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Australians donate blood in record numbers to meet shortfall

 An urgent call for blood has resulted in a surge in donations, beating records seen during the Bali bombings and bushfires.

Key points:

A lack of consistent donors in Australia remains a concern

Blood supplies are secure, but if the COVID-19 outbreak persists there could be challenges in securing imports of some plasma-related products

People in remote areas struggle to reach sites where they can donate

National stocks of O+ and A+ blood dropped to just two days' supply last week, prompting an urgent call from Red Cross Lifeblood for donors.

Lifeblood spokeswoman Jemma Falkenmire said last week's donation appeal led to a response even greater than during other major crises.

But despite the positive response, Lifeblood is still concerned by a lack of consistent donors.

"For us, the real challenge is that we only have one to 2 per cent of the population regularly donating," she said.

"There are around half a million people who only give once a year.

"Collectively, if those people gave twice a year it would probably mean that we wouldn't need to go into appeal."

Just how secure is Australia's blood supply?

Even with a lack of regular donors and blood stocks sometimes dropping to just a few days' supply, International Society of Blood Transfusion president Erica Wood does not see any need for panic.

"We're very fortunate in Australia; we have a safe and secure blood supply and it's been successfully maintained during the COVID pandemic through mobilising blood donors in the community," Professor Wood said.

"Having said that, the blood supply is always vulnerable and some blood products have very short storage time. For example, platelets that help the blood clot can only be stored for a few days and so that's why we need ongoing collections most days of the year."

While Australia is self-sufficient for whole blood supplies, Professor Wood points out some plasma products — such as immunoglobulin — do need to be imported from overseas.

"In the past we were self-sufficient in immunoglobulins, which are made from donated plasma, but demand has been increasing over many years and over half of these immunoglobulins are imported," she said.

"We and others are conducting research into how we could modify this clinical demand for immunoglobulin products, so we hope that all of these efforts will work together."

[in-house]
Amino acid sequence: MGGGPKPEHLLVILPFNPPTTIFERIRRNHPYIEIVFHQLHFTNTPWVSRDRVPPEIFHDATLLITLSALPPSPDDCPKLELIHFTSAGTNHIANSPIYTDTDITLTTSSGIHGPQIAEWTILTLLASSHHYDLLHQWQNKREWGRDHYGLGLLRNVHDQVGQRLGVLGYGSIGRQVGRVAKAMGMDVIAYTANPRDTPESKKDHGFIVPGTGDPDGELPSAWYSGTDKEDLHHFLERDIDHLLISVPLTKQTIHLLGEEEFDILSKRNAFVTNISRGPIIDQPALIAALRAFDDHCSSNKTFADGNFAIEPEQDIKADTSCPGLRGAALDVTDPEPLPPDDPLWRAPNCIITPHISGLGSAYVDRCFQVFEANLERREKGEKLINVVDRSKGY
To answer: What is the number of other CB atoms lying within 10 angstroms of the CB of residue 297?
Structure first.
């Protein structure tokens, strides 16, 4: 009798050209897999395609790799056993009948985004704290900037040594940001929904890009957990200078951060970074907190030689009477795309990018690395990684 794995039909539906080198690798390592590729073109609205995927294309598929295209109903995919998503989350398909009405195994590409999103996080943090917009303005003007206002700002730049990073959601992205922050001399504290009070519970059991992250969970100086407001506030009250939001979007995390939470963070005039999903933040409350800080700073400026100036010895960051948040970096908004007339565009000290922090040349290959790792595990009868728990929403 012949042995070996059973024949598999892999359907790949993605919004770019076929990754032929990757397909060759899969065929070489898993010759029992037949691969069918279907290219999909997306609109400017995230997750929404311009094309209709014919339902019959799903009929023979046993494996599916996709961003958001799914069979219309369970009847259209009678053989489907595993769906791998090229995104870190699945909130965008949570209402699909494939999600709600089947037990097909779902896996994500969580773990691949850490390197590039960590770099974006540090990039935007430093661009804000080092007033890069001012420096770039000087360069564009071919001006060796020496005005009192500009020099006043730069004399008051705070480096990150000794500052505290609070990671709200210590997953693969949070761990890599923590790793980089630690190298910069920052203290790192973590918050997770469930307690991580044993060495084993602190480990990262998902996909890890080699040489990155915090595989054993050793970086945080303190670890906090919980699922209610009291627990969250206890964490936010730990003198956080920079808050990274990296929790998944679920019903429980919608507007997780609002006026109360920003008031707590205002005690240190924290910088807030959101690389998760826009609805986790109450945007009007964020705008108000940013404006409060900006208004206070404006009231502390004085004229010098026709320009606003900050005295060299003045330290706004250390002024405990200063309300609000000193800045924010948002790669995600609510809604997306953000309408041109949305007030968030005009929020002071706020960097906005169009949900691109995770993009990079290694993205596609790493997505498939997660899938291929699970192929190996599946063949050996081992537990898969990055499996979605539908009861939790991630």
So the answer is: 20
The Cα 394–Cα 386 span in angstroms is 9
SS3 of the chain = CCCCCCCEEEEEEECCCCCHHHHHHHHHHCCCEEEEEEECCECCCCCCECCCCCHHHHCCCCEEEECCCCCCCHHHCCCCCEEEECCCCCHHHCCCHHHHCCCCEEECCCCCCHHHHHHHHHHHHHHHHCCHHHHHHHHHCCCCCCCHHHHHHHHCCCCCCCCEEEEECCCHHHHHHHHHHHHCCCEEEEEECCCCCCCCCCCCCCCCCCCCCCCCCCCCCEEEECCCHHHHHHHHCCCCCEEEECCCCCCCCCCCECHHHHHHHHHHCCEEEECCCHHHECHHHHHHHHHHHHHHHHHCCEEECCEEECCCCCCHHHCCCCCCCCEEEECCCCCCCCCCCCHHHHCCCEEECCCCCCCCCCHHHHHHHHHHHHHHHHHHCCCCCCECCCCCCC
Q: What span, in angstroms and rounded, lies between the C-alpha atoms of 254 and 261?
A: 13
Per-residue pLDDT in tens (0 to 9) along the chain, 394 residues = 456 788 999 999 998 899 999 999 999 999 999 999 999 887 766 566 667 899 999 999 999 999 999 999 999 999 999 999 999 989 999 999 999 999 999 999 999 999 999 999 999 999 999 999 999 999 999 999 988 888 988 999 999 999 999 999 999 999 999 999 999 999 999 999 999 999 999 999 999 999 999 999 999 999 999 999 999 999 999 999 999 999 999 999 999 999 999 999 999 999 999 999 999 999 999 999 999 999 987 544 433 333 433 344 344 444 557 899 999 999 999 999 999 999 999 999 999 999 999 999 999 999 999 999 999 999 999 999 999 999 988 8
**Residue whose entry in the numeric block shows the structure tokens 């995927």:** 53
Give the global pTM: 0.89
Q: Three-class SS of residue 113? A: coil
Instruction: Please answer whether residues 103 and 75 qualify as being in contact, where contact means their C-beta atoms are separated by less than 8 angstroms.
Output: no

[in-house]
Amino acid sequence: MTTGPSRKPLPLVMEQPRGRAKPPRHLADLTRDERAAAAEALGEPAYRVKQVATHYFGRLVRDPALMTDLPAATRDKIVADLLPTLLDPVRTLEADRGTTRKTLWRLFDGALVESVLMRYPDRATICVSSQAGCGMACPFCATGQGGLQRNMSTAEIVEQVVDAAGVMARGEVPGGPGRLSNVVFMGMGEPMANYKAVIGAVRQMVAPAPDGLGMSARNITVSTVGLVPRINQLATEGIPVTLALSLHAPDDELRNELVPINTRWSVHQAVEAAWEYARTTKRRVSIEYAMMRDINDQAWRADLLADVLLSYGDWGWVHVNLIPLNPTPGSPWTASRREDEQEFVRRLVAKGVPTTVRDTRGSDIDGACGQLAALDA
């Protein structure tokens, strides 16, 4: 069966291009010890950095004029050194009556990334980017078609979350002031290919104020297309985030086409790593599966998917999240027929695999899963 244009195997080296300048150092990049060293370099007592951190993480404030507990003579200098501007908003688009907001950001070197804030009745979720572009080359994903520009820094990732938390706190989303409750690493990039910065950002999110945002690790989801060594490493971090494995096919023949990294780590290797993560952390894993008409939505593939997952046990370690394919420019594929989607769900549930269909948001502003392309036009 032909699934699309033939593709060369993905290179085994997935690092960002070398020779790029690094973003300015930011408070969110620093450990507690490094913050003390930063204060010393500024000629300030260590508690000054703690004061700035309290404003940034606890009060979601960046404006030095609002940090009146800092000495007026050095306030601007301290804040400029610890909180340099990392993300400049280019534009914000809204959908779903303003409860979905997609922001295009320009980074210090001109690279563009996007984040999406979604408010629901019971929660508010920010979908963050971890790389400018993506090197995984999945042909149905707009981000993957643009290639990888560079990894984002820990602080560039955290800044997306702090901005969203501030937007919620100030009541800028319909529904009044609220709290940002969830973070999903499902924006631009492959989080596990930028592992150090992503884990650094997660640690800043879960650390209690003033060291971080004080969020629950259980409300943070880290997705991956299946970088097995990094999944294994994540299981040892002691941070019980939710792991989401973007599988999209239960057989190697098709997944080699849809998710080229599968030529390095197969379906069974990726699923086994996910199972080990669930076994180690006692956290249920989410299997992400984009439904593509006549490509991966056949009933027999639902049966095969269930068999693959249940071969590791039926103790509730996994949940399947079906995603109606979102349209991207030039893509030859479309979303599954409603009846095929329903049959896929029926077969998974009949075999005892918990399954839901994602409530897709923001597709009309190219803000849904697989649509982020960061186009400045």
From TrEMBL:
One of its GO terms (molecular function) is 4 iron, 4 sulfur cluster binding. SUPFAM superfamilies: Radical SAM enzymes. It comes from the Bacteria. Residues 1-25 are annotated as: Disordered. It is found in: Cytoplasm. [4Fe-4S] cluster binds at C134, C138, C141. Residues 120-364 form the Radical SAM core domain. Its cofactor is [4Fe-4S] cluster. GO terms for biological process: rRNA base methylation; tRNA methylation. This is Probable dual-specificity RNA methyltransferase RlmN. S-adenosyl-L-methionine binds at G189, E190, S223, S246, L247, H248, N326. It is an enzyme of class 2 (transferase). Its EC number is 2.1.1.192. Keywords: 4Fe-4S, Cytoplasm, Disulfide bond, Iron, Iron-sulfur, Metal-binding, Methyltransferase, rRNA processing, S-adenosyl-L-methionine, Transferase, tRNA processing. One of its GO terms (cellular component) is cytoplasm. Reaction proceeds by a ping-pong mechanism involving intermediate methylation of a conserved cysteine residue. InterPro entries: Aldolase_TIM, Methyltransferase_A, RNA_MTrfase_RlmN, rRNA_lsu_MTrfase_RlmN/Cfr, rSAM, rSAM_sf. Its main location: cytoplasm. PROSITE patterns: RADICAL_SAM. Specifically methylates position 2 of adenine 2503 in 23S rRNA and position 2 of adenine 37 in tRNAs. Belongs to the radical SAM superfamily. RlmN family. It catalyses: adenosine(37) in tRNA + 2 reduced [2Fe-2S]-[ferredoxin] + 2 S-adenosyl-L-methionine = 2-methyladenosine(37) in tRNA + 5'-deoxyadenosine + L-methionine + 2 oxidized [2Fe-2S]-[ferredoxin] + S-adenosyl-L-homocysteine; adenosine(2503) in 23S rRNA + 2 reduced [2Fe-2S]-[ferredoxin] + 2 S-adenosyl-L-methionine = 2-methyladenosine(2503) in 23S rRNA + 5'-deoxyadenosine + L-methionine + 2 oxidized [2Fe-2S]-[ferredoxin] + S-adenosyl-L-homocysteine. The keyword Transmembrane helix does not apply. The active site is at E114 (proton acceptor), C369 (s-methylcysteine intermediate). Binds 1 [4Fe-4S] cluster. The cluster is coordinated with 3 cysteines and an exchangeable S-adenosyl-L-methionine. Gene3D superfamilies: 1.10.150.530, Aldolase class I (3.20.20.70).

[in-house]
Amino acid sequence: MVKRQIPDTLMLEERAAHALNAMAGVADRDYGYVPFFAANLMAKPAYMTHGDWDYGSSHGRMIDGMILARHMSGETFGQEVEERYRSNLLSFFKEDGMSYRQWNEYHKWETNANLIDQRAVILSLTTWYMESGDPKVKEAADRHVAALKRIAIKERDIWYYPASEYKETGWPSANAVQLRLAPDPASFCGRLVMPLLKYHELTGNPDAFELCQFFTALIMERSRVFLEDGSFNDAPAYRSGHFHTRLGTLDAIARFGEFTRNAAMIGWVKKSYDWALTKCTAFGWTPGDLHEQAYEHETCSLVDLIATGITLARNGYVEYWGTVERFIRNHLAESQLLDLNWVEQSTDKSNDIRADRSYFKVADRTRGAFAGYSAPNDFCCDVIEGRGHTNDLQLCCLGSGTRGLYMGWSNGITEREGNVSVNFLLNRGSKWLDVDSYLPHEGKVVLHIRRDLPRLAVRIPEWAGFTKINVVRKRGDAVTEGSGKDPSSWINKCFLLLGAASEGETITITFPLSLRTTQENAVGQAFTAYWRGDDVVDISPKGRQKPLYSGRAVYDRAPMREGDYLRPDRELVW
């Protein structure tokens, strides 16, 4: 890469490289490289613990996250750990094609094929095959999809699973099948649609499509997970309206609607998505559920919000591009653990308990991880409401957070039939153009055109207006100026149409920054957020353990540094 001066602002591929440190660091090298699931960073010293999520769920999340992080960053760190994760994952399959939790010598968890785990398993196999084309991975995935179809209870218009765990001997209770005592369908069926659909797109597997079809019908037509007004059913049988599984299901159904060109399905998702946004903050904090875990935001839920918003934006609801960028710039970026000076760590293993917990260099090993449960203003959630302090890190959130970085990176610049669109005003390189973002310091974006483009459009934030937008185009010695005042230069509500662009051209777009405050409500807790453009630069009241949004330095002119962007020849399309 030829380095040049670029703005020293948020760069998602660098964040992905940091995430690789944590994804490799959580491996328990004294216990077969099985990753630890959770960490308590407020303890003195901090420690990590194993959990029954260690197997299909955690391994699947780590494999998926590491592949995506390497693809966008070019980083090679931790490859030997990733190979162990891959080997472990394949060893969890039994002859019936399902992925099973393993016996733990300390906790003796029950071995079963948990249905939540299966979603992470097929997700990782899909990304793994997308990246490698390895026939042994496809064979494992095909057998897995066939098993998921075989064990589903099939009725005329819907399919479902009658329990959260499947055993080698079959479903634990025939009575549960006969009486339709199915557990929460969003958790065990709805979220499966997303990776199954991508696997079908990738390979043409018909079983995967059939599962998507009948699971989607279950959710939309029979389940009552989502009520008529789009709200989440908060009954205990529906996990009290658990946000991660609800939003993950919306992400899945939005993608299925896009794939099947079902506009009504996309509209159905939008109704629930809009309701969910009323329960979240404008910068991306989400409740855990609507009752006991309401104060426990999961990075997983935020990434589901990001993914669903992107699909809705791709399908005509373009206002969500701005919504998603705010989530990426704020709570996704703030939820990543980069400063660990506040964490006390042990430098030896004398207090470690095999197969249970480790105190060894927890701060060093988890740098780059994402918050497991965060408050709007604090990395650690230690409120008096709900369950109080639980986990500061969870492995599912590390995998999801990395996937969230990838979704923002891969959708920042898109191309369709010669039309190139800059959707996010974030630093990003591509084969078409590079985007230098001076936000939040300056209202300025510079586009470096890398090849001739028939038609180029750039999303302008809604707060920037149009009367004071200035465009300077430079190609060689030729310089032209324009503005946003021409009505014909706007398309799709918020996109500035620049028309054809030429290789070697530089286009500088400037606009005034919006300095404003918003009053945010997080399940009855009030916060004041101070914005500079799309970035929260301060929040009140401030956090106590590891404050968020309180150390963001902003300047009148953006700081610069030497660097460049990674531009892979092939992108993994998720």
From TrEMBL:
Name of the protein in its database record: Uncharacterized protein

Pandemic may cause global shortages of some plasma products

Citi head of healthcare and biotech research, John Deakin-Bell, said Australia was somewhat exposed to global supply issues due to the COVID-19 pandemic.

"Currently we're seeing a shortage of plasma donations in the US and they supply a very large part of the end product in the US and Europe and parts of Asia," Mr Deakin-Bell said.

"If this pandemic continues for six to 12 months at the same levels as it has currently, you will get some supply issues in US, Europe and potentially Australia."

But with growing hope of a potential COVID-19 vaccine during that period, Mr Deakin-Bell did not think it was too much of a concern.

"I have a global perspective and if I'm ever going to need whole blood I'm happy to be in Australia," he said.

"So I think relative to most we've done a fantastic job compared to most other countries."

The National Blood Authority — the Government body which oversees the national supply — also insists supplies remain safe and secure, and appeals for blood donations should not be cause for concern about inventory levels.

Remoteness prevents some from donating

One hurdle for some people wanting to donate blood is often simply their location.

When the national blood supply runs low and an urgent appeal goes out for donations, people who are in remote areas, such as Carla Viskovich, cannot do much to help.

She lives in Kalgoorlie, the WA mining town of about 30,000, which does not have a blood donation centre.

"It's disheartening, to be honest, because there are so many of us that are so keen to donate — and you always hear of the shortages and obviously we'd like to do as much as we can to help out where we can," Ms Viskovich said.

Red Cross Lifeblood has 91 donor centres, along with mobile collection vans that visit 800 sites each year, but Kalgoorlie residents have to travel six hours to visit the nearest one.

"I also understand that we are so far away. It's 600 kilometres to Perth and it is difficult to transport the blood," Ms Viskovich said.

"It's just a matter of when we do come to Perth that we do hold out our arm and donate when we can, but it is very disheartening not being able to do it our town."


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